Personal history encompasses the individual’s medical, surgical, and social history, whereas the family history assessment gives insight into the medical history of blood relatives and, thus, provides a picture of inherited disease susceptibility, as well as complex disorders related to genomic and environmental factors.

For all individuals, basic demographic information in the personal and family history should include the date the history was taken and updated; current age; race/ethnicity; ancestry-of-origin of the maternal and paternal lineage; pertinent medical and surgical data, including psychiatric illnesses and age of onset of the condition; cause(s) of death and age of occurrence; and behavioral history (e.g., tobacco and alcohol use).

Pertinent reproductive history (e.g., history of stillborn, congenital anomalies, spontaneous abortions [miscarriages], pregnancy complications, infertility) should also be part of the assessment.

In addition, data obtained from the history should be depicted in the pedigree Opens in new window, as well as any consanguinity Opens in new window. Stage of life often determines the generalized areas of focus during the data collection process, including physical assessment.

For example, in infants and children, the focus is on proper growth and development. During the teen and young adult years, the focus is on behavioral risks and any known diseases that will influence their transition to adulthood (e.g., sickle cell disease Opens in new window or carrier state), as well as stages of development (e.g., Tanner stage) and reproductive history.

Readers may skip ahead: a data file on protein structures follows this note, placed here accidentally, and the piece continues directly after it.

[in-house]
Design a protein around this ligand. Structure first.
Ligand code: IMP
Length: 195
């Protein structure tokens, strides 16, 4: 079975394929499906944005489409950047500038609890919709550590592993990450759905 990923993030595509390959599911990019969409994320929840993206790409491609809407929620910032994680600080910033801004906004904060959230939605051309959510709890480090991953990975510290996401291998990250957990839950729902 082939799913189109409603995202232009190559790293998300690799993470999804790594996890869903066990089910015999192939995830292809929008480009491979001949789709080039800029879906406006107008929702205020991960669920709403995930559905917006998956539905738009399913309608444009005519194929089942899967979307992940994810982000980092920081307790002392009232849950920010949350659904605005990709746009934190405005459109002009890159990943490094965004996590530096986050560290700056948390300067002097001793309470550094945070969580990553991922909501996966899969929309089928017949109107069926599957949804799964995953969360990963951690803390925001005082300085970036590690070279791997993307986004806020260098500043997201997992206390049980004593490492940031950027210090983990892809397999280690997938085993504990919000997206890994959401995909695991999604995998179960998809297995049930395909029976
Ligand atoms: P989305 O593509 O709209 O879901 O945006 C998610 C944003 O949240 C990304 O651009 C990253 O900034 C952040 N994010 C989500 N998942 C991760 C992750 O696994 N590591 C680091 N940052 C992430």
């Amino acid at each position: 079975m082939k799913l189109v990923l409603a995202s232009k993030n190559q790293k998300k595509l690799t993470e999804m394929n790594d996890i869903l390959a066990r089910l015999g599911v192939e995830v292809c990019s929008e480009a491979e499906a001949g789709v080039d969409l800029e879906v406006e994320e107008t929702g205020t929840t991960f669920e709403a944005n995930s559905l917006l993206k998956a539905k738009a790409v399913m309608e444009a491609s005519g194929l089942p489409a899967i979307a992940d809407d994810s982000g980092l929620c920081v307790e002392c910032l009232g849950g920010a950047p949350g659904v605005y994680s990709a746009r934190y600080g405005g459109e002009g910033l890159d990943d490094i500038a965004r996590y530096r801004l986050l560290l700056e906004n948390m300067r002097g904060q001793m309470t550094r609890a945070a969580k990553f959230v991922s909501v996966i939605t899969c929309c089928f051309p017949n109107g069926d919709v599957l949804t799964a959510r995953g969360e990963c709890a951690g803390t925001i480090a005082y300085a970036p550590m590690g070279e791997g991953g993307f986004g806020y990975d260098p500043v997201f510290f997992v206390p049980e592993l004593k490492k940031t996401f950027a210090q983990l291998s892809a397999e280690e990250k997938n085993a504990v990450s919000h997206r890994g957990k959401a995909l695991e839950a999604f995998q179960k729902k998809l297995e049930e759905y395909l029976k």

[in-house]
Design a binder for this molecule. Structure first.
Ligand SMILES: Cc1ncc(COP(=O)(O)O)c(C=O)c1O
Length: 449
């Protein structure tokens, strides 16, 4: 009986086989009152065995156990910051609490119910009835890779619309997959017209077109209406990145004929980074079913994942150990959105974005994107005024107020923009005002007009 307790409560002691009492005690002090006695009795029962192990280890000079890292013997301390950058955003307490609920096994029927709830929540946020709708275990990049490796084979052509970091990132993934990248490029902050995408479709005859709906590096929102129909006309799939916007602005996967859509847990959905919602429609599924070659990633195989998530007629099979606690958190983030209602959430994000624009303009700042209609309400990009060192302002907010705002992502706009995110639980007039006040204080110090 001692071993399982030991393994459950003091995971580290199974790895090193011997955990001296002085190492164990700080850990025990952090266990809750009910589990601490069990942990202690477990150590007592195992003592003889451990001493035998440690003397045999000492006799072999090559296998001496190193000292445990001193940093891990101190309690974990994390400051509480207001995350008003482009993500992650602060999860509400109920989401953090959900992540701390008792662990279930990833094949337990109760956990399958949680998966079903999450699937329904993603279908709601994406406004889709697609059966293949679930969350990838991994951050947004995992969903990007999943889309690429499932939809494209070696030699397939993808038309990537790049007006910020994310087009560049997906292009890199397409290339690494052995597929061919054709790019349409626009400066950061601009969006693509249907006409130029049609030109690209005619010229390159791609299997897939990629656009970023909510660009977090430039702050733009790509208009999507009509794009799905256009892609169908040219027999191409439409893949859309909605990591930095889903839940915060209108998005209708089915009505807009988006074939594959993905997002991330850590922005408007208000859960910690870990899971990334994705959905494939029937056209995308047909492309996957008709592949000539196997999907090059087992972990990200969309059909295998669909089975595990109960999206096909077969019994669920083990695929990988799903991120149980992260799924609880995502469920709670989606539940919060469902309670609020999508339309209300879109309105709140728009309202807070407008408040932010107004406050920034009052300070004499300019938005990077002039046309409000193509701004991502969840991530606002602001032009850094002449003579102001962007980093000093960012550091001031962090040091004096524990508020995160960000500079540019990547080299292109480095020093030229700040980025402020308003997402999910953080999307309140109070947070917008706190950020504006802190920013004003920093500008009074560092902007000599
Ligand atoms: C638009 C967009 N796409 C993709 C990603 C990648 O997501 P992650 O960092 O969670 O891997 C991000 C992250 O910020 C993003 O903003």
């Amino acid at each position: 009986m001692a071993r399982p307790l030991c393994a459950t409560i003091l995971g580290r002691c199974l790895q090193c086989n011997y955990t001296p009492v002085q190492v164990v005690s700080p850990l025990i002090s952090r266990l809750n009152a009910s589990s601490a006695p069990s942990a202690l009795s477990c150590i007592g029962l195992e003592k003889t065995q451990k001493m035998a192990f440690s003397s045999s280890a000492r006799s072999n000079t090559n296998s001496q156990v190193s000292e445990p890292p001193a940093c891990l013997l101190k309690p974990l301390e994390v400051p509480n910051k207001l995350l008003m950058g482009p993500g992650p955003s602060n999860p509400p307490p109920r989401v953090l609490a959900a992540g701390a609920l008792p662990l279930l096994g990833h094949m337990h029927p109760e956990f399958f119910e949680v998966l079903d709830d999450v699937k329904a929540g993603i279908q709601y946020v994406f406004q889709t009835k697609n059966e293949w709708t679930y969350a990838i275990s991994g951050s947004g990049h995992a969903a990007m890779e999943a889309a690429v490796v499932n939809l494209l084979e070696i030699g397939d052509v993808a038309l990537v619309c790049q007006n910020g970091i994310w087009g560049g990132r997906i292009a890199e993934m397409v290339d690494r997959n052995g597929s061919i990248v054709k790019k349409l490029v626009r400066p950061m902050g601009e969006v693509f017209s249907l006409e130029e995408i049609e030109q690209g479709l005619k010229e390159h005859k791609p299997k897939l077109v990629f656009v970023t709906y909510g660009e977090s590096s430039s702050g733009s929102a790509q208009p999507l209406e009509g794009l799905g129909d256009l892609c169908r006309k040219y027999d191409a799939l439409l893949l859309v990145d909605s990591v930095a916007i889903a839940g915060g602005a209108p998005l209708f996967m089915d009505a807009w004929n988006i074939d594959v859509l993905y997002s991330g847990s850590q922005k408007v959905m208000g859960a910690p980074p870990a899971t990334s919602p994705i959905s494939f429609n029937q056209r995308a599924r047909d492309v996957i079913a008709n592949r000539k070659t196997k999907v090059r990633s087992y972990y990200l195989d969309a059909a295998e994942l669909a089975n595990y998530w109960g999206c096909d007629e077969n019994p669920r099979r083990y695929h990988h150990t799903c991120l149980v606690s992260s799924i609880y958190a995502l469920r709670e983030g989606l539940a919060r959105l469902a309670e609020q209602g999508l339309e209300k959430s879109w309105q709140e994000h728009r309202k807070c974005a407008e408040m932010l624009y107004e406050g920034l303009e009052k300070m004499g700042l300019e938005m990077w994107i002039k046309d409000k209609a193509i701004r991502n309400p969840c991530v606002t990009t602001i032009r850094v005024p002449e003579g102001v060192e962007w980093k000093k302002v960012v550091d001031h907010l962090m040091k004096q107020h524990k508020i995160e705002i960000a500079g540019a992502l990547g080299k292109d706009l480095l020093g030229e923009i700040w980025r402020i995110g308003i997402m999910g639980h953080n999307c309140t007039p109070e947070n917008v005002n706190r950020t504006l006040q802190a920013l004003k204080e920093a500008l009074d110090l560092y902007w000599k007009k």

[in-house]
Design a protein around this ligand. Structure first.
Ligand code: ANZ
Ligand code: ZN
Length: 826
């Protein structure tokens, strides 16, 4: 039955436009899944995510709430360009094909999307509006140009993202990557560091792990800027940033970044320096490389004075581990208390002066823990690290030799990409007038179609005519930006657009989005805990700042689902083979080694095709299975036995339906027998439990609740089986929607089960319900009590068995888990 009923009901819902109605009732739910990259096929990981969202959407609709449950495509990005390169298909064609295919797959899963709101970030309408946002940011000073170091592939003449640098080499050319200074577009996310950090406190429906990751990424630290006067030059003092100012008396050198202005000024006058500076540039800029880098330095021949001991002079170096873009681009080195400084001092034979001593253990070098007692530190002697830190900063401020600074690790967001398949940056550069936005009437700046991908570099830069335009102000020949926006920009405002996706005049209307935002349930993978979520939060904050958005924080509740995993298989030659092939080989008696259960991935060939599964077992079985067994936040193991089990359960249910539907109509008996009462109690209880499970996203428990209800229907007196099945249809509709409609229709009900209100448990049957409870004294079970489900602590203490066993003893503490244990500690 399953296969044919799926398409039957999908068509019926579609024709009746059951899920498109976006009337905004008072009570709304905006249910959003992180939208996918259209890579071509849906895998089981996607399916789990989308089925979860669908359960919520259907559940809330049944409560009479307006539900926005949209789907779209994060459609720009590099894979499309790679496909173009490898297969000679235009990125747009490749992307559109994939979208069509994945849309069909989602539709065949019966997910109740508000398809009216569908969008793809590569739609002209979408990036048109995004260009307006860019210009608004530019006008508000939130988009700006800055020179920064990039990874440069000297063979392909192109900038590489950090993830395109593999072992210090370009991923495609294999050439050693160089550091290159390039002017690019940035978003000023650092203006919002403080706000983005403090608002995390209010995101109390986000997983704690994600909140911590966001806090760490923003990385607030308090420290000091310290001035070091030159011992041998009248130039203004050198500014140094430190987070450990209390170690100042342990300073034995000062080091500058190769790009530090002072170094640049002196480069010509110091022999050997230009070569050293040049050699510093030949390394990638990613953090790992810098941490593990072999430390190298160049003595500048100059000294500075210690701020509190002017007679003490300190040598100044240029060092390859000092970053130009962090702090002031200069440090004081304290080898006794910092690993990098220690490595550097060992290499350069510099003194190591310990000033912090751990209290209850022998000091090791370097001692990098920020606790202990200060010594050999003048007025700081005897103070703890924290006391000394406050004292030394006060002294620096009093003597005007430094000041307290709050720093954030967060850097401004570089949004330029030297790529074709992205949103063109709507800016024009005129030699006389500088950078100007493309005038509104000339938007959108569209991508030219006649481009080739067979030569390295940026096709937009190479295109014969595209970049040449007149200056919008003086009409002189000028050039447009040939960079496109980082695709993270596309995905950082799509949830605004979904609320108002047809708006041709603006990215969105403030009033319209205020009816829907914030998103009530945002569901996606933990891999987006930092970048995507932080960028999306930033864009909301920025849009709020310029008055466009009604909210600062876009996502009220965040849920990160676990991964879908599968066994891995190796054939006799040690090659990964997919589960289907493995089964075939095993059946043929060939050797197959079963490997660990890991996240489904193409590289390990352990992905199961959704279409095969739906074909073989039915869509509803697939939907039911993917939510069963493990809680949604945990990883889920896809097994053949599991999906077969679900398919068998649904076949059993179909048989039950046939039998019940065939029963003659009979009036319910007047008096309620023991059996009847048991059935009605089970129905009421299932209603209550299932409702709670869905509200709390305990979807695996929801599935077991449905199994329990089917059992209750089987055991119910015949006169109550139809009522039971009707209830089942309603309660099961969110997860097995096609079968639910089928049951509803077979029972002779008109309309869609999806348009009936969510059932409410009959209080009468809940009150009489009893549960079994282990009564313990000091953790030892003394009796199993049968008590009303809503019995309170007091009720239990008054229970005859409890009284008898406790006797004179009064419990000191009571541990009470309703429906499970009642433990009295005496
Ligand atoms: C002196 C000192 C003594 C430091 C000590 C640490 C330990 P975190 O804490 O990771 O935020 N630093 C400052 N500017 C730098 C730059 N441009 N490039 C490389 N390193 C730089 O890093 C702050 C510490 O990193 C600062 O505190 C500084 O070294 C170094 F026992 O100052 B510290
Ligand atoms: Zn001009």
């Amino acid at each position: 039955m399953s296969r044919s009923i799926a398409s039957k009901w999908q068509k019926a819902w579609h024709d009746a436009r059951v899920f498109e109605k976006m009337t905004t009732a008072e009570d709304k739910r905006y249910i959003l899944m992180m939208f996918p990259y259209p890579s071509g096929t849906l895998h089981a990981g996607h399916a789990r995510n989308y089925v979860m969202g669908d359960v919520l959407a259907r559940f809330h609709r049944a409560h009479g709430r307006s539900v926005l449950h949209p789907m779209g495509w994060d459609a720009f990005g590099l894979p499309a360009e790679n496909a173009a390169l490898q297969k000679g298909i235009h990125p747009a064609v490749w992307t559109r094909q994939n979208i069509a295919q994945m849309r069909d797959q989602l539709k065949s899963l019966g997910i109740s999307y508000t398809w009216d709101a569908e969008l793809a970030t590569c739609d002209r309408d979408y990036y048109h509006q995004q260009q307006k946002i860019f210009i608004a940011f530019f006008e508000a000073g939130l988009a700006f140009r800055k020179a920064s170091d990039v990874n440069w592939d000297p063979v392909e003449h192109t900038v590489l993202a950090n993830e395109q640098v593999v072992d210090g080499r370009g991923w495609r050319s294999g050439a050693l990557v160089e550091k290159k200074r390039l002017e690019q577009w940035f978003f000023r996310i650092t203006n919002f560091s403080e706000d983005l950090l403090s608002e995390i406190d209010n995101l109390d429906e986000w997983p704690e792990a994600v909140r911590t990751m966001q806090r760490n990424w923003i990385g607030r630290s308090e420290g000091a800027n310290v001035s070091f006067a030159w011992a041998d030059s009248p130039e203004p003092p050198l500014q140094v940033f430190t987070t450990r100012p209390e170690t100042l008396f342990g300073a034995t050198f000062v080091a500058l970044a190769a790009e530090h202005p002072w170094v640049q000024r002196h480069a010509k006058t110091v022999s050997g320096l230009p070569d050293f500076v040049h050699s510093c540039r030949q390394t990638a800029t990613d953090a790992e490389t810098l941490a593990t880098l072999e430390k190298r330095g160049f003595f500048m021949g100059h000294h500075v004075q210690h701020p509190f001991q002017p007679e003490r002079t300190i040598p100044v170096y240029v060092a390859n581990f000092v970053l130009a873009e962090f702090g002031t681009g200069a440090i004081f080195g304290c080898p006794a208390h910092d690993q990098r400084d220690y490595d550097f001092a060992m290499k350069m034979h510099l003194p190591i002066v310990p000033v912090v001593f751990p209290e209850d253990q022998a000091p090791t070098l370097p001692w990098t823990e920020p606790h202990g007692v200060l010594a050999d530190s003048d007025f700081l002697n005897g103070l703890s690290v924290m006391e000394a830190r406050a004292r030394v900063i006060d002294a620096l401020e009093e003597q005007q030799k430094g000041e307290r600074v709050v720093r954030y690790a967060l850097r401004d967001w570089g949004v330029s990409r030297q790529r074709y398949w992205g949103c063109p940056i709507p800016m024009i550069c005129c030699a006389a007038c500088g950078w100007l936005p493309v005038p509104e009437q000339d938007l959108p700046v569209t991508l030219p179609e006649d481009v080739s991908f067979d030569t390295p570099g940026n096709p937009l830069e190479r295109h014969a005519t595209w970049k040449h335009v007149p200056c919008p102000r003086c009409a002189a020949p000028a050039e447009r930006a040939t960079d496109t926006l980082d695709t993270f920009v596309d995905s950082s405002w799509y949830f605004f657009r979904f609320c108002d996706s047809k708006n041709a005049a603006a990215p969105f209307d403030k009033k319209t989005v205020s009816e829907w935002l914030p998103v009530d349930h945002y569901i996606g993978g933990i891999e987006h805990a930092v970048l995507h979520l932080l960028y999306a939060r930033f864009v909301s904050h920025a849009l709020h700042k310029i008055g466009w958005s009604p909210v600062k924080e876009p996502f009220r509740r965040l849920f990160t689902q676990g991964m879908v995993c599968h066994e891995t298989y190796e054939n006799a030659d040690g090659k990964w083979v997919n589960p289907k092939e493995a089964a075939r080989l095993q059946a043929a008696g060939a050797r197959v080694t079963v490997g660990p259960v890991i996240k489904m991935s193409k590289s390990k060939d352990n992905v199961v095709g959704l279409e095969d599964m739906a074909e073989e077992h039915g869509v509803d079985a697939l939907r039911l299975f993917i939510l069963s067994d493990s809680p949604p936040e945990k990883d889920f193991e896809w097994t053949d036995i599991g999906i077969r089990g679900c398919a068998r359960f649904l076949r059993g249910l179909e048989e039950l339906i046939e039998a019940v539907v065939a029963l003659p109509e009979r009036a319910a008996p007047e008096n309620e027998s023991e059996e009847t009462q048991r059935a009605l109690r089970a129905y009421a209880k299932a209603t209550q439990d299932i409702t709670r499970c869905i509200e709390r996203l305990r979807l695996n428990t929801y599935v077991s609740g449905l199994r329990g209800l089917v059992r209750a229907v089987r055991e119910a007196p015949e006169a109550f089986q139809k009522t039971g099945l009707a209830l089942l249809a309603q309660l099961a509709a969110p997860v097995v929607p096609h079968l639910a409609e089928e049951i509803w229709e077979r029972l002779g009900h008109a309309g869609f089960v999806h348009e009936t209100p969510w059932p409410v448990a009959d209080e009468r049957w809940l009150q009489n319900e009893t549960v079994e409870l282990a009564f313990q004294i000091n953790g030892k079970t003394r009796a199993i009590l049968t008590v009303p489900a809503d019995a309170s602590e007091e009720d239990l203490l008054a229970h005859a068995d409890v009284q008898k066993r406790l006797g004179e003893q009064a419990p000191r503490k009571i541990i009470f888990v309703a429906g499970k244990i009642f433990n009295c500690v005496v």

In adults, besides the basic health history information, the personal history may focus more on the reproductive history and gynecologic/obstetrical history.

If the individual (or couple) is of reproductive age and they do not have children, it is important to establish and document if this is by choice or if there is a biological cause for the infertility (e.g., azoospermia, multiple miscarriages, or endometriosis).

During the reproductive years, preconceptual counseling maximizes the chances of a healthy pregnancy, in which, based on the individual and family history, recommended genetic screening tests can be ordered on the parents so that appropriate counseling can take place prior to conception.

Once the child is born, infants and pediatric patients require a detailed birth history that includes any gestational problems or illnesses experienced by the mother, family history of birth defects, and gestational age at birth.

In the geriatric population or older adult, personal and family history includes much of the same data as the adult history but differs because it usually focuses on elderly individuals with complex problems, and the emphasis is on functional disabilities and potential risk for harm (e.g., fall risk).

A complete geriatric assessment may be warranted and performed by multiple personnel (e.g., medical, social work) over many encounters and is best suited for elders with multiple medical problems and significant functional limitations.

An important part of the personal medical history data collection process includes documentation of laboratory values (e.g., complete blood count and indices, cholesterol), pathology and radiographic reports, and a complete review of systems.

See also:
    Adapted from: Genomic Essentials for Graduate edited by Diane C. Seibert, Quannetta T. Edwards, Ann H. Maradiegue, Susan T. Tinley